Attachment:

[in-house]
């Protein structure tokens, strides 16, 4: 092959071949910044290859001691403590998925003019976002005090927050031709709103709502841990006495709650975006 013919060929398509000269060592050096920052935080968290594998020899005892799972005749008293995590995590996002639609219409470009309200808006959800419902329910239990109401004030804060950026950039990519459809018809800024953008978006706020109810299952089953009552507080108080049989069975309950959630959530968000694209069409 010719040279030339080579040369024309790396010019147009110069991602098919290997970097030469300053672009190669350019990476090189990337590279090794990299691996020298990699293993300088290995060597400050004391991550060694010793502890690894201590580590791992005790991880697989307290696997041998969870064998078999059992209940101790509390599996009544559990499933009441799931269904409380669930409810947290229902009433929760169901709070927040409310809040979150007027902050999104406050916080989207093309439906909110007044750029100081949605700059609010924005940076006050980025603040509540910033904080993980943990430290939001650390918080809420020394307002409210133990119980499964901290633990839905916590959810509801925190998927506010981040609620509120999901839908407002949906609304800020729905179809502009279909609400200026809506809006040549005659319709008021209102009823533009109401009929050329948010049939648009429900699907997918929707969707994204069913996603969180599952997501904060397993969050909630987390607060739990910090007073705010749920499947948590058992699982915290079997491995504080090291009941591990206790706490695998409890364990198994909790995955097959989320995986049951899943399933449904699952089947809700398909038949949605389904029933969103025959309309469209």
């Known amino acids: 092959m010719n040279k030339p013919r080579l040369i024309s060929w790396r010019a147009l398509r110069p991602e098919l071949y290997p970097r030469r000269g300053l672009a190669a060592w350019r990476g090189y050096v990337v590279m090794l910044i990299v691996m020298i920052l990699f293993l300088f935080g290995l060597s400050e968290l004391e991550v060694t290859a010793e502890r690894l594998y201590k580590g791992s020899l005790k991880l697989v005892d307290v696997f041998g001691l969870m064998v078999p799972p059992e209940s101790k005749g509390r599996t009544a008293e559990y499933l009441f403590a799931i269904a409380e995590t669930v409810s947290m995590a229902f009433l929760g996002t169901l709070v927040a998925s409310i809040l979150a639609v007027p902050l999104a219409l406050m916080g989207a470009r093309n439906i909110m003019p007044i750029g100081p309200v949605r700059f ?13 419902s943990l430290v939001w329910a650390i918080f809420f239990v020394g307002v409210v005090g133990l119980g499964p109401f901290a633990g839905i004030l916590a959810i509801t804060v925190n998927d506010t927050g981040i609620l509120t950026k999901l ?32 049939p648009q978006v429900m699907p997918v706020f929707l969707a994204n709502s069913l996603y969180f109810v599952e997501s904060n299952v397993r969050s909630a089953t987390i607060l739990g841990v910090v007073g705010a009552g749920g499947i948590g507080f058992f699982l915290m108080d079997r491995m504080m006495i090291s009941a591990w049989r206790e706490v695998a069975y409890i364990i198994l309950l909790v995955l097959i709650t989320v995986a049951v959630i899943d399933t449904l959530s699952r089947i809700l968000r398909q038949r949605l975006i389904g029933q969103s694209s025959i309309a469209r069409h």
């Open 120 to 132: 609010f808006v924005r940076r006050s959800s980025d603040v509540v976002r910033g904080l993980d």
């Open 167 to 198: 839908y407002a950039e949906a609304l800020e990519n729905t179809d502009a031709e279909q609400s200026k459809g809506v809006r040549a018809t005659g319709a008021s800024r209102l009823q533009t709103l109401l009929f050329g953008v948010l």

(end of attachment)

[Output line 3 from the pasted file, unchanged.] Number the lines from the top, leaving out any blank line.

């Known amino acids: 092959m010719n040279k030339p013919r080579l040369i024309s060929w790396r010019a147009l398509r110069p991602e098919l071949y290997p970097r030469r000269g300053l672009a190669a060592w350019r990476g090189y050096v990337v590279m090794l910044i990299v691996m020298i920052l990699f293993l300088f935080g290995l060597s400050e968290l004391e991550v060694t290859a010793e502890r690894l594998y201590k580590g791992s020899l005790k991880l697989v005892d307290v696997f041998g001691l969870m064998v078999p799972p059992e209940s101790k005749g509390r599996t009544a008293e559990y499933l009441f403590a799931i269904a409380e995590t669930v409810s947290m995590a229902f009433l929760g996002t169901l709070v927040a998925s409310i809040l979150a639609v007027p902050l999104a219409l406050m916080g989207a470009r093309n439906i909110m003019p007044i750029g100081p309200v949605r700059f ?13 419902s943990l430290v939001w329910a650390i918080f809420f239990v020394g307002v409210v005090g133990l119980g499964p109401f901290a633990g839905i004030l916590a959810i509801t804060v925190n998927d506010t927050g981040i609620l509120t950026k999901l ?32 049939p648009q978006v429900m699907p997918v706020f929707l969707a994204n709502s069913l996603y969180f109810v599952e997501s904060n299952v397993r969050s909630a089953t987390i607060l739990g841990v910090v007073g705010a009552g749920g499947i948590g507080f058992f699982l915290m108080d079997r491995m504080m006495i090291s009941a591990w049989r206790e706490v695998a069975y409890i364990i198994l309950l909790v995955l097959i709650t989320v995986a049951v959630i899943d399933t449904l959530s699952r089947i809700l968000r398909q038949r949605l975006i389904g029933q969103s694209s025959i309309a469209r069409h």